LONDON, UK – Information technology and operational technology are like two sides of the same coin. Their objectives are the same, but too often they don’t see eye-to-eye when it comes to priorities, according to cybersecurity experts.
Information technology (IT) teams are tasked with securing and managing hardware and software along with storing, retrieving and transmitting data. Operational technology (OT) teams oversee industrial control systems, managing and monitoring the physical processes tied to devices such as valves and pumps.
Both have long butted heads when it comes to security implementation and system updates. One bad security patch could mean production downtime for OT. Meanwhile, IT worries a malware infected meter will bring production to a grinding halt.
Thanks to advances in cyberdefenses things are about to get interesting for both OT and IT, said a panel of experts at Infosecurity Europe said this week.
While OT functions have historically been monitored manually, more factories and other industrial companies look to implement big data and smart analytics functions – meaning that the teams behind IT and OT must soon converge – and learn how to work together, experts said.
“The world is changing, and operational technology has to keep up,” said Gavin Ellis, CISO of the Nuclear Decommissioning Authority. Despite that, he said that the objectives of IT and OT are strikingly the same. “The objectives aren’t different but they are prioritized differently. It’s the same as working with any team that has conflicting priorities.”
The panel remained optimistic that a common ground can be found. The key to that, they said, is engagement around similarities in what the two want. The current issue is that IT and OT teams have historically been separate, in terms of communications, priorities and even the way that they operate systems.
While IT teams have historically protected information security for enterprise systems, operational technology teams have focused on industrial automation networks. But even beyond roles, IT and OT teams have historically been different to the core. Operational technology is built for specific environments and must take system downtime into account, while IT has more of layered or global approach. The lifecycles of the two teams are separate as well – OT systems may be 10 or 20 years old, with some devices still running Windows XP.
On top of that, the two have different goals: Confidentiality is the end goals for IT, whereas operational technology teams strive to make sure that machines don’t go down – which could have catastrophic results.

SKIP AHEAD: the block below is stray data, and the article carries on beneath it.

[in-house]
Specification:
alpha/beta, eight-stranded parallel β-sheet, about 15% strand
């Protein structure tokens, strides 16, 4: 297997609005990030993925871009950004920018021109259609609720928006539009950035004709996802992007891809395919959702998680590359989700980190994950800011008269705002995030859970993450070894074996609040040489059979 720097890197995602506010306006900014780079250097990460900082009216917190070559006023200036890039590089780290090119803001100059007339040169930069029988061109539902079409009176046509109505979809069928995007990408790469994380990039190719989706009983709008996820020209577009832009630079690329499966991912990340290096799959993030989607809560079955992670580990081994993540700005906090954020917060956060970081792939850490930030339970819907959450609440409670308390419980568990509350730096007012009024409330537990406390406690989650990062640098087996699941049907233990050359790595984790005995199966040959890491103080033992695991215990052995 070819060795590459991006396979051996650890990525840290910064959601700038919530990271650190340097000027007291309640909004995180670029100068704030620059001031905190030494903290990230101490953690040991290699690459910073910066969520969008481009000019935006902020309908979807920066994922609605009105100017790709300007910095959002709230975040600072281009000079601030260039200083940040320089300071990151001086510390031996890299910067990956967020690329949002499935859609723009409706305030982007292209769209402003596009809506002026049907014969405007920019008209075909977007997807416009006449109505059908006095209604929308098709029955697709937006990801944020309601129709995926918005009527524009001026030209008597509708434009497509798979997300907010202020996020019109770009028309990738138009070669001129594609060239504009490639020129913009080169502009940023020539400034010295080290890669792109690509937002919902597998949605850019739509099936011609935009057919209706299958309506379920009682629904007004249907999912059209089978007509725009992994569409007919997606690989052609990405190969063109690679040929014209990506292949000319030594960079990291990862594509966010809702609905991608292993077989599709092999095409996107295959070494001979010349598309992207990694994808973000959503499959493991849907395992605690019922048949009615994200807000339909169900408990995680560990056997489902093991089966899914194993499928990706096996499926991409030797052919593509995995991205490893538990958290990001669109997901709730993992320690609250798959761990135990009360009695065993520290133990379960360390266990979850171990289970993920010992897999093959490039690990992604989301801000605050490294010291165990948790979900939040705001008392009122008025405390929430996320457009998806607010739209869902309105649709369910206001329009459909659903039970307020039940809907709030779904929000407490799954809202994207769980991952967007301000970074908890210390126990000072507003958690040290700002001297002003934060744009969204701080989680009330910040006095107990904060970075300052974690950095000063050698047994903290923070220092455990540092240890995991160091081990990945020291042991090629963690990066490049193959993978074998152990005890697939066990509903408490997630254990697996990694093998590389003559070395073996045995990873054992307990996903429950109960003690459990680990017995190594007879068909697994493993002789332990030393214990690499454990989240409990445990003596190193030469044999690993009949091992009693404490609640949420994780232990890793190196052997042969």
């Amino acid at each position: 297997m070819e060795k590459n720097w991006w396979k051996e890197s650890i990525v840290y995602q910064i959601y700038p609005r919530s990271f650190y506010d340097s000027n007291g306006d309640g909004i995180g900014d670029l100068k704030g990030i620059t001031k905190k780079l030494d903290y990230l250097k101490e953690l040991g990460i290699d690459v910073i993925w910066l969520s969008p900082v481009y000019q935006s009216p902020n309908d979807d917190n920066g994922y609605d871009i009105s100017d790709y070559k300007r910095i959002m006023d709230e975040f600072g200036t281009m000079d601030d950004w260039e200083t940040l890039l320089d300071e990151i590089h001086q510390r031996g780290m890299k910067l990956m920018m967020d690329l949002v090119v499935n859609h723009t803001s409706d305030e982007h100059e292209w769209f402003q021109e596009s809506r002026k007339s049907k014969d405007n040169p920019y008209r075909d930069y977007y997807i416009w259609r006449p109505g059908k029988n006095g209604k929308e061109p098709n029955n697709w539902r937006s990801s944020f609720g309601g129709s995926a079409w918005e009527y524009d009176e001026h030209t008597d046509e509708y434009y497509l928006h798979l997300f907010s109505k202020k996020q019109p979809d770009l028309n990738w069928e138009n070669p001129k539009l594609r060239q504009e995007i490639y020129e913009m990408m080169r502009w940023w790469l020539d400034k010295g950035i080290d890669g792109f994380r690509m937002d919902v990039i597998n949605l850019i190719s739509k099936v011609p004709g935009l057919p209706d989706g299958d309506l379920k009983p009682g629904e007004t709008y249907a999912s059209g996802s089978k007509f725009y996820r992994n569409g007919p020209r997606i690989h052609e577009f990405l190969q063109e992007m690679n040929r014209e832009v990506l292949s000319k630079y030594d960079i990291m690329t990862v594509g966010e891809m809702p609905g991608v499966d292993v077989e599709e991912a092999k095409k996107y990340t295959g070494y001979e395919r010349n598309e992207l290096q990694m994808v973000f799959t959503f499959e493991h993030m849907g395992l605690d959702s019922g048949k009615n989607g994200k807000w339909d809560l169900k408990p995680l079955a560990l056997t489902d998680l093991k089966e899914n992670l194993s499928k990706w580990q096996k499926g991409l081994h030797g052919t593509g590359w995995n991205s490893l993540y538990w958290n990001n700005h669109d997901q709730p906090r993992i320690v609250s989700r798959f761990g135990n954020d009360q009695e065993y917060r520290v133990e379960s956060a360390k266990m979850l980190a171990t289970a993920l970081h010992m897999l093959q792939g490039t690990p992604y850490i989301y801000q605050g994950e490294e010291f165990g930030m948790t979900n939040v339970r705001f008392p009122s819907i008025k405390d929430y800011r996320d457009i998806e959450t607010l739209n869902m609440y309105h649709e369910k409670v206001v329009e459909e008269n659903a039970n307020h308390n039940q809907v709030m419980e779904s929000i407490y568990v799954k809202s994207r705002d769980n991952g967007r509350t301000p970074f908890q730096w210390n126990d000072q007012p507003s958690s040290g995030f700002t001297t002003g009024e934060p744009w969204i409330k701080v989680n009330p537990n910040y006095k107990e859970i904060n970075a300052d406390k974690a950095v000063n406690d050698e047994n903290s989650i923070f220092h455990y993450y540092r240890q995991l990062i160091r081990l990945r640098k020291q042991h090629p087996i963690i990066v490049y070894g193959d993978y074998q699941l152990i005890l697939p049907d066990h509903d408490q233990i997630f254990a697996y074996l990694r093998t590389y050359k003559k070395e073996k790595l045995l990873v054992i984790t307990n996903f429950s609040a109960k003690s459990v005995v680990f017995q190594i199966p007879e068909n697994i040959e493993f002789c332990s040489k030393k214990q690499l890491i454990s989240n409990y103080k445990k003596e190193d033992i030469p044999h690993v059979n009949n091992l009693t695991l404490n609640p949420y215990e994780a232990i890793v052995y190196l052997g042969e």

“[The two have] quite a legacy set of priorities… but with the interconnection of networks and environments, those objectives are converging,” said Matt Gordon-Smith, CISO at Anglo American, a (mining company). “That common ground is the merging of confidentiality and availability and integrity.”
But everything is changing as IoT is increasingly implemented on the factory floor to better monitor events, processes and devices. Historically isolated industrial networks will now be exposed to a greater attack surface. And, with legacy OT equipment, safety regulations (that might bar modifications being made to that equipment), and compliance regulations, the industrial world is difficult to secure.
But now, high profile malware attacks such as Shamoon, which infected the Saudi oil production company Aramco and damaged upwards of 30,000 computers in 2012, and Triton, which has targeted industrial control systems, have highlighted the cyber risks facing operational technology.
Getting industrial firms’ C-Suite involved helps to prioritize security for systems, experts agree – especially if top management understands the risk and how it impacts the business as a whole.
“In a typical industrial environment, the appreciation of cybersecurity isn’t as high,” said Gordon-Smith. “You need someone at the top level pushing information to the right people.”
But the main strategy that needs to be adopted when it comes to IT-OT convergence first and foremost is communication between the two teams maintaining systems on both sides, professionals agree. But with these differing priorities and cultural clashes, that might be more difficult than it looks.
An exercise-based simulated attacks could help IT and OT teams better understand their differences – and talk them out, the panel said.
“Get the team to work together: It’s important to understand that as security professionals, we have a definitive role to play in this space,” said Shawn Scott, head of information security at Thames Water. “Joint red and blue team exercises could help these two different brains communicate better in simulated environments.”